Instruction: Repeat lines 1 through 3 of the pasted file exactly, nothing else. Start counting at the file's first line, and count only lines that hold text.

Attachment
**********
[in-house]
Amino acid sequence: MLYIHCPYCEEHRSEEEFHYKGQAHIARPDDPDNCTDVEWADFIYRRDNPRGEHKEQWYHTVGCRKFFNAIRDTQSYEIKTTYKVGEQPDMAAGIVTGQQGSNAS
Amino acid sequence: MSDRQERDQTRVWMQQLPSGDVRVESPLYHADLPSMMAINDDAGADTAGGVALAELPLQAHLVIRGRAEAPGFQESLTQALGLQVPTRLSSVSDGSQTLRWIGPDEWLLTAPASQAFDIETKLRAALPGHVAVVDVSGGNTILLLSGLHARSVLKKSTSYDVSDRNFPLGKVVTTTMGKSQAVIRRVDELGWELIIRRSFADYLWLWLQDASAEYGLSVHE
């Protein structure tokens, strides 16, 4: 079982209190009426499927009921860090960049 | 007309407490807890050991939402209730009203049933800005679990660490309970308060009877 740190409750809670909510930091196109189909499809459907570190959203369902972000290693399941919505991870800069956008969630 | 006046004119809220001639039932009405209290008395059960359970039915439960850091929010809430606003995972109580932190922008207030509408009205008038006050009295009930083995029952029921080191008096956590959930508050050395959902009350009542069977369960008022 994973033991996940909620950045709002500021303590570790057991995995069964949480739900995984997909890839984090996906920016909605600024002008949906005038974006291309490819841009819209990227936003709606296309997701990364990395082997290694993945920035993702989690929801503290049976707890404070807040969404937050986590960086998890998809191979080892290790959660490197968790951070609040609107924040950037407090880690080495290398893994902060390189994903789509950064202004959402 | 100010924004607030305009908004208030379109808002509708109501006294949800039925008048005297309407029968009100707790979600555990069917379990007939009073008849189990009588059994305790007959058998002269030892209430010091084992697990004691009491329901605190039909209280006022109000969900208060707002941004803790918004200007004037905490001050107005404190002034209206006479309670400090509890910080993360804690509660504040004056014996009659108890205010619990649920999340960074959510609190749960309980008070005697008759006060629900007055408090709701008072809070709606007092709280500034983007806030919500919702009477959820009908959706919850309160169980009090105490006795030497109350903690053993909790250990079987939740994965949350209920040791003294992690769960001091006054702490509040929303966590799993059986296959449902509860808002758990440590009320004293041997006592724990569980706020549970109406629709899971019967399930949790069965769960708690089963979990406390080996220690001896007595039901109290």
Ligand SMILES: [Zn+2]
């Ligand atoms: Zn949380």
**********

[in-house]
Amino acid sequence: MLYIHCPYCEEHRSEEEFHYKGQAHIARPDDPDNCTDVEWADFIYRRDNPRGEHKEQWYHTVGCRKFFNAIRDTQSYEIKTTYKVGEQPDMAAGIVTGQQGSNAS
Amino acid sequence: MSDRQERDQTRVWMQQLPSGDVRVESPLYHADLPSMMAINDDAGADTAGGVALAELPLQAHLVIRGRAEAPGFQESLTQALGLQVPTRLSSVSDGSQTLRWIGPDEWLLTAPASQAFDIETKLRAALPGHVAVVDVSGGNTILLLSGLHARSVLKKSTSYDVSDRNFPLGKVVTTTMGKSQAVIRRVDELGWELIIRRSFADYLWLWLQDASAEYGLSVHE